A just released factual report on the 1 February 2010 overrun by a Cape Air Cessna 402C shows that the lone pilot ignored aircraft handbook procedures after experiencing an airspeed indicator anomaly while approaching Watertown airport in New York with six passengers.
Due to the low airspeed reading, the pilot flew the aircraft faster than usual, settling on the snow-covered runway at approximately the midpoint of the 1,524m (5,000ft)-long runway at the non-towered airport.
The twin-Cessna came to rest in deep snow 111m beyond the end of the runway. All three landing gears had collapsed and the six propeller blades had been bent aft, but none of the occupants were injured.
According to the pilot, the pilot's side airspeed indicator had decreased from 140kt to 85kt as Flight 1805 from Albany entered the traffic pattern at Watertown, prompting him to "push the aircraft's nose down and apply maximum power", said the NTSB.
Due to the deteriorating weather conditions, the pilot decided to land rather than to climb to a higher altitude to troubleshoot the problem.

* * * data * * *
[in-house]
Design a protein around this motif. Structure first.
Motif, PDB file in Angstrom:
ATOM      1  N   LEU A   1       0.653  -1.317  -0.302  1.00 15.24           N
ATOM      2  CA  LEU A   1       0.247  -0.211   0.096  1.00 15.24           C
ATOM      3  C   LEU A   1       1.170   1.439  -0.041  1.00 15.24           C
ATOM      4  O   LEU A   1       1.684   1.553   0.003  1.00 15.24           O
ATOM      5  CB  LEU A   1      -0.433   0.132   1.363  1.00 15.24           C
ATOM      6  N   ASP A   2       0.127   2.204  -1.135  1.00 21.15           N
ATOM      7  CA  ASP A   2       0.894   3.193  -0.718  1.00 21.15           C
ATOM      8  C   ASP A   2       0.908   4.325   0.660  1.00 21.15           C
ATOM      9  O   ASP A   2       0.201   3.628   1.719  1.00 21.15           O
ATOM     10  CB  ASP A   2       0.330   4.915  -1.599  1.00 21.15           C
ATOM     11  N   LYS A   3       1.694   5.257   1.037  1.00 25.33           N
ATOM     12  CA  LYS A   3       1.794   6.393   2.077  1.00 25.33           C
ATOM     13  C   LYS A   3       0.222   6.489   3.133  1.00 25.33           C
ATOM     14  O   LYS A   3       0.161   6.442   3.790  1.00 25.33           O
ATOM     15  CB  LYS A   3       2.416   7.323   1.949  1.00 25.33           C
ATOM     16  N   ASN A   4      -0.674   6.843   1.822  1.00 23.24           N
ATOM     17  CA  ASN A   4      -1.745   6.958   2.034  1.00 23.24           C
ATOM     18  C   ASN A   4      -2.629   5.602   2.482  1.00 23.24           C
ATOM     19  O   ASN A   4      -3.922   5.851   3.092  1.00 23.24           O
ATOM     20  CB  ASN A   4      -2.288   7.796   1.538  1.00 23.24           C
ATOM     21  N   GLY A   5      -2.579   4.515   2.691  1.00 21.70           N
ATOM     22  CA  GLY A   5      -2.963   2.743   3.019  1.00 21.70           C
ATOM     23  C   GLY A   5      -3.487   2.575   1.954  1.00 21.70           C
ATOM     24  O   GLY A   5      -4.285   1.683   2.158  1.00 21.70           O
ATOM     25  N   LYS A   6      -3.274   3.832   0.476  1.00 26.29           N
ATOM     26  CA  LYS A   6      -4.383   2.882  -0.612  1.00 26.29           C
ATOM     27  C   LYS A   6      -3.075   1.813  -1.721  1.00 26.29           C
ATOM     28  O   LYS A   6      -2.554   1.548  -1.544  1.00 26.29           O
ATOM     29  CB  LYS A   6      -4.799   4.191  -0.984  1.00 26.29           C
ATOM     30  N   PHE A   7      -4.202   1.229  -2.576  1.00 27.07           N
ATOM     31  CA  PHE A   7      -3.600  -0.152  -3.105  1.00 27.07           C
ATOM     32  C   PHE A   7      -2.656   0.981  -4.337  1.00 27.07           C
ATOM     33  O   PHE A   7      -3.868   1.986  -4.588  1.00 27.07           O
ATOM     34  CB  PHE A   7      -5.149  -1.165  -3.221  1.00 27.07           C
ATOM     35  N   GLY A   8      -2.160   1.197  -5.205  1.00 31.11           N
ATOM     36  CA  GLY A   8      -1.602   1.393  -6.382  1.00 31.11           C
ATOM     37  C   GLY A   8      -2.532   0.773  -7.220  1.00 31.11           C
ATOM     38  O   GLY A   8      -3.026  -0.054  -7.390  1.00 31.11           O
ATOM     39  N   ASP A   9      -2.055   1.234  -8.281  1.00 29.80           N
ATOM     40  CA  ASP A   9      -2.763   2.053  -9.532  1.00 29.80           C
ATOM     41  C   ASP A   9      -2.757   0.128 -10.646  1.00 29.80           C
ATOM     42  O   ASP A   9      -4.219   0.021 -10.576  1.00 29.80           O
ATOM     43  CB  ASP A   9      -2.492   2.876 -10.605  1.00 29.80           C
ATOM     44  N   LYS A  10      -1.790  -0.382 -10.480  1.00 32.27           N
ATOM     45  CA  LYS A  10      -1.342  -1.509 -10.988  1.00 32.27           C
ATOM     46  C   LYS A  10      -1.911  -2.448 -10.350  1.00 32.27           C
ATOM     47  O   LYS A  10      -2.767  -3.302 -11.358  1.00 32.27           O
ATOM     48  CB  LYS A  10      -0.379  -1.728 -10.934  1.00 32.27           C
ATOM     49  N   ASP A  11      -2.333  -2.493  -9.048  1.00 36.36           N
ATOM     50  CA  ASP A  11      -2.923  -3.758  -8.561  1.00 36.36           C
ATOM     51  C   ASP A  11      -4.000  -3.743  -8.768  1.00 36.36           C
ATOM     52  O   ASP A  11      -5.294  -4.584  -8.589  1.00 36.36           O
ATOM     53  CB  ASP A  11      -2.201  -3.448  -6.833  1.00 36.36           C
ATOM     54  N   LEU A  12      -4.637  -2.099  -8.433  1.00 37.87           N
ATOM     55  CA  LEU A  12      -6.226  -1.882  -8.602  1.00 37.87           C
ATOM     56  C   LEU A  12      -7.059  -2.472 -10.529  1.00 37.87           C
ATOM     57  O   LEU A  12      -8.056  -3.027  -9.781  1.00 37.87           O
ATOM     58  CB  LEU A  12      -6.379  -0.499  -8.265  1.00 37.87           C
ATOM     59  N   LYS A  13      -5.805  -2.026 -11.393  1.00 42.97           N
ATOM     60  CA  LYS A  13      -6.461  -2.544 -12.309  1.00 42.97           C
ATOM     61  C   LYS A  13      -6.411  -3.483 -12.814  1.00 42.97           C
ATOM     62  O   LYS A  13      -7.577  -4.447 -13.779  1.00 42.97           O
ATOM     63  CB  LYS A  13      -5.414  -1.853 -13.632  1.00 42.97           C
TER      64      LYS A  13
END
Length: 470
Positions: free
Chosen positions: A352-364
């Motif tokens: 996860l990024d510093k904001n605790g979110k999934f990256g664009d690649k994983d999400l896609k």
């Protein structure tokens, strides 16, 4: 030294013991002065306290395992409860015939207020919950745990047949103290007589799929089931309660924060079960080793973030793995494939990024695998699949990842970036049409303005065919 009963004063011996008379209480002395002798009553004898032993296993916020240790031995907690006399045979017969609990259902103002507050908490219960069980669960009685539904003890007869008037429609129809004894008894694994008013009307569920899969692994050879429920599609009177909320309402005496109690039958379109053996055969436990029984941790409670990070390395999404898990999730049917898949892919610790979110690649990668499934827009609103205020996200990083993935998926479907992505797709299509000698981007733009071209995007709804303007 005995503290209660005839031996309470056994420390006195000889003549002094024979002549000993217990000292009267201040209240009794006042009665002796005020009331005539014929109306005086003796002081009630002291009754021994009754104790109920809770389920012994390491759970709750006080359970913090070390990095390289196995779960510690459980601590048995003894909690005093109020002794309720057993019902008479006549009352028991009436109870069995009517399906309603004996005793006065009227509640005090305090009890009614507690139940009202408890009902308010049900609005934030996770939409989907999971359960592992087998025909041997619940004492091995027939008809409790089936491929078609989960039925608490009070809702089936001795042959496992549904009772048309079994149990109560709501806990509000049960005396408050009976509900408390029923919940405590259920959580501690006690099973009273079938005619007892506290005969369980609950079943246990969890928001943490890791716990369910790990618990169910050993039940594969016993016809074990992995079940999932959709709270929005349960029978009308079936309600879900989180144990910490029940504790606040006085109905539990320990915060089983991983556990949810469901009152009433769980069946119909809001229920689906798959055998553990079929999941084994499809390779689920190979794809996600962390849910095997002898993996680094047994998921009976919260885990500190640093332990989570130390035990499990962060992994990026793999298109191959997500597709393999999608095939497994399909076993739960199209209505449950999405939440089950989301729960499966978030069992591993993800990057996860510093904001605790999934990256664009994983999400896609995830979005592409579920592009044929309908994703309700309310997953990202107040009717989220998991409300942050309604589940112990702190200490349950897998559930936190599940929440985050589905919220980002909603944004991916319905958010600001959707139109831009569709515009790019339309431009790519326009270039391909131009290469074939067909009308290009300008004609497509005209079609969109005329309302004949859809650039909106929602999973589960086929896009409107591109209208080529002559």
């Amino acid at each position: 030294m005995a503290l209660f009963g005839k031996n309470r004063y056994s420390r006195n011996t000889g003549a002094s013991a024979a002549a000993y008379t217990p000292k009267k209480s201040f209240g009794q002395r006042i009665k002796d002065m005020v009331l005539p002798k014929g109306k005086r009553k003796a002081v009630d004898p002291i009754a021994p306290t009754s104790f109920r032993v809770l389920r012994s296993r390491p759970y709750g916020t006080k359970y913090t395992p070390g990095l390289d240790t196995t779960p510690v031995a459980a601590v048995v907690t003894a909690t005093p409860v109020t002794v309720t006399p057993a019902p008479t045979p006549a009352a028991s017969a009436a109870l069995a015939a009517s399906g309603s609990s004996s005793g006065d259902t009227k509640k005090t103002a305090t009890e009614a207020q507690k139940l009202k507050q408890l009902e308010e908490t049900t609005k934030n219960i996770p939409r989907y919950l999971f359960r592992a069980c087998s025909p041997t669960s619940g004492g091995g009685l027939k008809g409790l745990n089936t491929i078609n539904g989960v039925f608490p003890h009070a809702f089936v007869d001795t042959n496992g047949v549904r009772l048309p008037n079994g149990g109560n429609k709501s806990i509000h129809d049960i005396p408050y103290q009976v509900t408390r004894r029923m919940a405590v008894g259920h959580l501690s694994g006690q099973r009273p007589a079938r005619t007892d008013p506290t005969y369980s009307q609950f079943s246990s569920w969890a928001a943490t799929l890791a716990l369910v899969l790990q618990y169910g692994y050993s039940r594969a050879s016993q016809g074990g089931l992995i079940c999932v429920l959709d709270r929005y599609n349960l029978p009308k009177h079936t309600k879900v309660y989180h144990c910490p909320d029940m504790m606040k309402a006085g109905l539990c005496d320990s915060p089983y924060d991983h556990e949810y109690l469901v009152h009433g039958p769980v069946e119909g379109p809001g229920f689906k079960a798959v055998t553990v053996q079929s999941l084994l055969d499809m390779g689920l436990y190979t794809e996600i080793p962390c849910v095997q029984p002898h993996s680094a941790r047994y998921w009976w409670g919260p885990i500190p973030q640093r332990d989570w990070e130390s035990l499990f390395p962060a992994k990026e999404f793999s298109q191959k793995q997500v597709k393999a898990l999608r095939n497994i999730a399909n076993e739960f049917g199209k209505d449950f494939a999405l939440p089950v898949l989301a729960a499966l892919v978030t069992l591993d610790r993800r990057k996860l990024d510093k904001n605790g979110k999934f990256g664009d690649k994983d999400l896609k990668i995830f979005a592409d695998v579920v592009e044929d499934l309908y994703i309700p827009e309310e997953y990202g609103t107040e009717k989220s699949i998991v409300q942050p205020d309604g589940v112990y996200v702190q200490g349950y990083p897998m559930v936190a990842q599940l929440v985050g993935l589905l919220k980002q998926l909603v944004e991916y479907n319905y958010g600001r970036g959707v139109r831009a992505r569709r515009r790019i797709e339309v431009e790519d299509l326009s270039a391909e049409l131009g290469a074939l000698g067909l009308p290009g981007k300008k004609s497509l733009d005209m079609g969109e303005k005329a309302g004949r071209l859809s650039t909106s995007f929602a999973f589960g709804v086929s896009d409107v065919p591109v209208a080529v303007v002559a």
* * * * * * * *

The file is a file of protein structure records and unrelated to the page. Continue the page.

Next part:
The pilot told investigators he did not cross check the copilot's side airspeed indicator, as called for by the pilot's operating handbook in situations where airspeed readings do not reflect the appropriate trend after initiating a climb or descent. Given the weather conditions, the pitot heating system that warms both independent airspeed measurement systems should have been turned on to prevent ice build up from causing erroneous airspeed readings.
"The inspectors reported that many of the cockpit switches remained on, but that the de-ice boots, stall warning vane, leading edge light and pitot heat switches were in the "OFF" position," the report stated regarding the post-crash inspection. "These switches were located in close proximity to one another on the left side of the instrument panel." Both the pitot-static system, after accounting for landing damage, and the pitot heat function were found to operate normally after the accident.
The pilot said he had been wearing gloves and may have inadvertently switched off the pitot heat and stall warning vane heat switches while securing the aircraft and shutting down various systems after the overrun.
The same aircraft (N121PB) flying with Cape Air was involved in a runway overrun in 1997 after landing with a strong tailwind in Hyannis, Massachusetts. The aircraft exited the runway onto a soft overrun area where the right main gear collapsed.
"Five days after the accident, the airline issued parameters for arrivals and departures from the airport, which included landing with a maximum tailwind of 10kt," the NTSB probable cause for the 1997 overrun stated.